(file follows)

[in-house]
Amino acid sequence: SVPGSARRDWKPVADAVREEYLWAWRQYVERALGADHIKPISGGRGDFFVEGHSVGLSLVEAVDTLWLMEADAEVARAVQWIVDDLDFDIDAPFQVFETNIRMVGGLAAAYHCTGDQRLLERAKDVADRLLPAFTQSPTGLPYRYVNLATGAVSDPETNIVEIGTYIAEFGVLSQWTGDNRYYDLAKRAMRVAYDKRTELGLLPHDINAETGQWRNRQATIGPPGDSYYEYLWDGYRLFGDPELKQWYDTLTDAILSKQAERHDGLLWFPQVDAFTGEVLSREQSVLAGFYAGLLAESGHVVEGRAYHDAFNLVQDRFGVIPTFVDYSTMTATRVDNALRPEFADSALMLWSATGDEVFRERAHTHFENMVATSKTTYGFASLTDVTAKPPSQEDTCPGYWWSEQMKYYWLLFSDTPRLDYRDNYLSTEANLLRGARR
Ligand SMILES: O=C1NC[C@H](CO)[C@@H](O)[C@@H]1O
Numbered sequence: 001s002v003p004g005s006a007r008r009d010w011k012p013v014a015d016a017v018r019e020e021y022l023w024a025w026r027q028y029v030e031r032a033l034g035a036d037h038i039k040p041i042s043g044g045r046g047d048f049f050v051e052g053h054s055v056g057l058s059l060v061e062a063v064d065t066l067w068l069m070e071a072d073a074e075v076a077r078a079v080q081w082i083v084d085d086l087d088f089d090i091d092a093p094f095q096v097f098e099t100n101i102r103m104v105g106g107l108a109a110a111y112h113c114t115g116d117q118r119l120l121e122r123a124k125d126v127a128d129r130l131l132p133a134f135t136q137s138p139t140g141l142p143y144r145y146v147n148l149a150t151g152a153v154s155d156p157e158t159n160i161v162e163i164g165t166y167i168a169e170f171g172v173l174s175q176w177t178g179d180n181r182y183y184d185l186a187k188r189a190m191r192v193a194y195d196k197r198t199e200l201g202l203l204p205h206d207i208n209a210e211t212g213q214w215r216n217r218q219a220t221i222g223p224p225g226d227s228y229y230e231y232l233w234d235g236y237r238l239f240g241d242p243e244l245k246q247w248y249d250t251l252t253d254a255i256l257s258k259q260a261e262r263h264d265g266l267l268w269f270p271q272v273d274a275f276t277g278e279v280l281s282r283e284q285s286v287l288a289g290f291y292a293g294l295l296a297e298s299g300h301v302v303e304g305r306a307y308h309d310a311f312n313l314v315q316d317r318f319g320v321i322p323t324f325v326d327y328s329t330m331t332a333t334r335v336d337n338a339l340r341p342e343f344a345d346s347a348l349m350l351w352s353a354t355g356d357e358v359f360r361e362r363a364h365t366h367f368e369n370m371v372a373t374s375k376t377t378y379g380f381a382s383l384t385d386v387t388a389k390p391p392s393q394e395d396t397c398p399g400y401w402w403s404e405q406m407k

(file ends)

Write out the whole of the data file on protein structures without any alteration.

[in-house]
Amino acid sequence: SVPGSARRDWKPVADAVREEYLWAWRQYVERALGADHIKPISGGRGDFFVEGHSVGLSLVEAVDTLWLMEADAEVARAVQWIVDDLDFDIDAPFQVFETNIRMVGGLAAAYHCTGDQRLLERAKDVADRLLPAFTQSPTGLPYRYVNLATGAVSDPETNIVEIGTYIAEFGVLSQWTGDNRYYDLAKRAMRVAYDKRTELGLLPHDINAETGQWRNRQATIGPPGDSYYEYLWDGYRLFGDPELKQWYDTLTDAILSKQAERHDGLLWFPQVDAFTGEVLSREQSVLAGFYAGLLAESGHVVEGRAYHDAFNLVQDRFGVIPTFVDYSTMTATRVDNALRPEFADSALMLWSATGDEVFRERAHTHFENMVATSKTTYGFASLTDVTAKPPSQEDTCPGYWWSEQMKYYWLLFSDTPRLDYRDNYLSTEANLLRGARR
Ligand SMILES: O=C1NC[C@H](CO)[C@@H](O)[C@@H]1O
Numbered sequence: 001s002v003p004g005s006a007r008r009d010w011k012p013v014a015d016a017v018r019e020e021y022l023w024a025w026r027q028y029v030e031r032a033l034g035a036d037h038i039k040p041i042s043g044g045r046g047d048f049f050v051e052g053h054s055v056g057l058s059l060v061e062a063v064d065t066l067w068l069m070e071a072d073a074e075v076a077r078a079v080q081w082i083v084d085d086l087d088f089d090i091d092a093p094f095q096v097f098e099t100n101i102r103m104v105g106g107l108a109a110a111y112h113c114t115g116d117q118r119l120l121e122r123a124k125d126v127a128d129r130l131l132p133a134f135t136q137s138p139t140g141l142p143y144r145y146v147n148l149a150t151g152a153v154s155d156p157e158t159n160i161v162e163i164g165t166y167i168a169e170f171g172v173l174s175q176w177t178g179d180n181r182y183y184d185l186a187k188r189a190m191r192v193a194y195d196k197r198t199e200l201g202l203l204p205h206d207i208n209a210e211t212g213q214w215r216n217r218q219a220t221i222g223p224p225g226d227s228y229y230e231y232l233w234d235g236y237r238l239f240g241d242p243e244l245k246q247w248y249d250t251l252t253d254a255i256l257s258k259q260a261e262r263h264d265g266l267l268w269f270p271q272v273d274a275f276t277g278e279v280l281s282r283e284q285s286v287l288a289g290f291y292a293g294l295l296a297e298s299g300h301v302v303e304g305r306a307y308h309d310a311f312n313l314v315q316d317r318f319g320v321i322p323t324f325v326d327y328s329t330m331t332a333t334r335v336d337n338a339l340r341p342e343f344a345d346s347a348l349m350l351w352s353a354t355g356d357e358v359f360r361e362r363a364h365t366h367f368e369n370m371v372a373t374s375k376t377t378y379g380f381a382s383l384t385d386v387t388a389k390p391p392s393q394e395d396t397c398p399g400y401w402w403s404e405q406m407k